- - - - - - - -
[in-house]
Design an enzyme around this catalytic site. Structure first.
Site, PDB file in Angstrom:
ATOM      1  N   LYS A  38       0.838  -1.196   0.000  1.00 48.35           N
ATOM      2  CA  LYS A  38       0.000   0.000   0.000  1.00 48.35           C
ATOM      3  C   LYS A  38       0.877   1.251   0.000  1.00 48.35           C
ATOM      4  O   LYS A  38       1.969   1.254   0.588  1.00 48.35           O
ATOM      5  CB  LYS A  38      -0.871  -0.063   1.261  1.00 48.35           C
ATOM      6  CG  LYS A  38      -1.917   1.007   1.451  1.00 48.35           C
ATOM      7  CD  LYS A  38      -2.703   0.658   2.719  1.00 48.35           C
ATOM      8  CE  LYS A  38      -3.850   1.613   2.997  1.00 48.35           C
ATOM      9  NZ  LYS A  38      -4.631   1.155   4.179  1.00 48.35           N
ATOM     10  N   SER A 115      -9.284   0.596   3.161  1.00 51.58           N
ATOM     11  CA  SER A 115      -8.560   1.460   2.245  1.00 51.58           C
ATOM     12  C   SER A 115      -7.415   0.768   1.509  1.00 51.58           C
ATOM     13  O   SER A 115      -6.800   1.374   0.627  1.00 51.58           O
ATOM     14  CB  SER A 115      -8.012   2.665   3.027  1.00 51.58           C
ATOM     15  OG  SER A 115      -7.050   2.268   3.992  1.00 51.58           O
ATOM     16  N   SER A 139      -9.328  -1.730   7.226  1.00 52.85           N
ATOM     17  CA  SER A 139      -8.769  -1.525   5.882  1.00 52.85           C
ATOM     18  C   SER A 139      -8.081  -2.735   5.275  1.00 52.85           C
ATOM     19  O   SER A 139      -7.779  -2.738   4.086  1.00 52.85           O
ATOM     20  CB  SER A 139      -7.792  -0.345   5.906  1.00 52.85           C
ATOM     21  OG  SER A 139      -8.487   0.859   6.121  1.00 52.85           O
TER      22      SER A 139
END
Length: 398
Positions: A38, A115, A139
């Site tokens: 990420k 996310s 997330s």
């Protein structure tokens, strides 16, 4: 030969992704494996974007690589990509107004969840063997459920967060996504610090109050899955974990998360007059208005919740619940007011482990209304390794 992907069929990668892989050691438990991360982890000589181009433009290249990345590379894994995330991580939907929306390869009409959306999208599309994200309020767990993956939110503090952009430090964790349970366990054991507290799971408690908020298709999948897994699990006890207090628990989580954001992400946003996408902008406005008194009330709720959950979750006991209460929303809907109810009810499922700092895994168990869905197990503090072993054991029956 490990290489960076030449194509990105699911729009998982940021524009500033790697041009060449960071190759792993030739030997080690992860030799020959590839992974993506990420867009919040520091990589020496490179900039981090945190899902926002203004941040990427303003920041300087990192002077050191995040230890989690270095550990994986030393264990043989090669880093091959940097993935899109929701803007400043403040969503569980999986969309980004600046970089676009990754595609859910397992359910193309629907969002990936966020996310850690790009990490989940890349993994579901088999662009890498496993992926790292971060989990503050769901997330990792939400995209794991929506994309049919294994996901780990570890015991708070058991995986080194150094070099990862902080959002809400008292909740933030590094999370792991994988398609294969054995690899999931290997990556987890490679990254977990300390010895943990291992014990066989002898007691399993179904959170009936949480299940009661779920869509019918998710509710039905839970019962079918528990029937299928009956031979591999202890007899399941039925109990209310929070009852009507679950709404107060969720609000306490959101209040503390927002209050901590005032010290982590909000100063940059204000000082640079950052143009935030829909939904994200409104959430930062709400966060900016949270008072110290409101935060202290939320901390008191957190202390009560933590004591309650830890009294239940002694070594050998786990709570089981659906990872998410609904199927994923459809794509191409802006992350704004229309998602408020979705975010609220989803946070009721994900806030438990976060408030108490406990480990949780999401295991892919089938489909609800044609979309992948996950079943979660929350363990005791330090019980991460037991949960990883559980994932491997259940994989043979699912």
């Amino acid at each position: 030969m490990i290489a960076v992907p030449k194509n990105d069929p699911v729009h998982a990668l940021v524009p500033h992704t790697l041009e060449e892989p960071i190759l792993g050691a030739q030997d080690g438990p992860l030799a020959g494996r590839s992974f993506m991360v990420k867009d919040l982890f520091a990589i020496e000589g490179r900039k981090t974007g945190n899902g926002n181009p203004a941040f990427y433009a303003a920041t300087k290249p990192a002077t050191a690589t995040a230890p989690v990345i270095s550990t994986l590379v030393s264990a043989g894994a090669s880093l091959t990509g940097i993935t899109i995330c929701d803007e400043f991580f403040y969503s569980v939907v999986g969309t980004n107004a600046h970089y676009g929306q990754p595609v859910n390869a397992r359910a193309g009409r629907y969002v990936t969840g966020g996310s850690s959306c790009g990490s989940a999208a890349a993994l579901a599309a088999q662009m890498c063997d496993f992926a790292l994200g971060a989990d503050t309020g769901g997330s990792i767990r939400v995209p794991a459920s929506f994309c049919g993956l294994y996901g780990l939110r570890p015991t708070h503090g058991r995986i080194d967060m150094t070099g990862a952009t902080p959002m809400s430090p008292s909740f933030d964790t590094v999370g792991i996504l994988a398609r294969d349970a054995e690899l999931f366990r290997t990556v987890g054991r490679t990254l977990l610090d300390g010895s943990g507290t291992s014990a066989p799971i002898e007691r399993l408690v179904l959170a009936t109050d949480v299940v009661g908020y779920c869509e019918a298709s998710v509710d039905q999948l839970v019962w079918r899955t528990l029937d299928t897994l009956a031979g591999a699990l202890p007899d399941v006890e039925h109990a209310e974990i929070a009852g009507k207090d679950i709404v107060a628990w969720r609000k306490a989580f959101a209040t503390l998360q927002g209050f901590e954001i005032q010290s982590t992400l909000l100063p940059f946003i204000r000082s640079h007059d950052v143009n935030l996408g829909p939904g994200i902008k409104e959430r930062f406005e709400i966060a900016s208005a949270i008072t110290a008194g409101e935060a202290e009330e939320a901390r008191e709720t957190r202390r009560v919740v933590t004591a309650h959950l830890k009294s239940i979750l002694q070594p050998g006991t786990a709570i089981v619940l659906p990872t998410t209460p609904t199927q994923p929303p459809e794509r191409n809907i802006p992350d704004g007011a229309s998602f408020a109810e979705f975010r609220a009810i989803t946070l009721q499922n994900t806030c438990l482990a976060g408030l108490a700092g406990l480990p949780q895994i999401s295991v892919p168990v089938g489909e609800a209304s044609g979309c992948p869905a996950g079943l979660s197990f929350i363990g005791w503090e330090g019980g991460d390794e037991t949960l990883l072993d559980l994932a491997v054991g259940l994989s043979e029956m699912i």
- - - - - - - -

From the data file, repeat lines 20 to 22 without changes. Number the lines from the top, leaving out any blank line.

ATOM     17  CA  SER A 139      -8.769  -1.525   5.882  1.00 52.85           C
ATOM     18  C   SER A 139      -8.081  -2.735   5.275  1.00 52.85           C
ATOM     19  O   SER A 139      -7.779  -2.738   4.086  1.00 52.85           O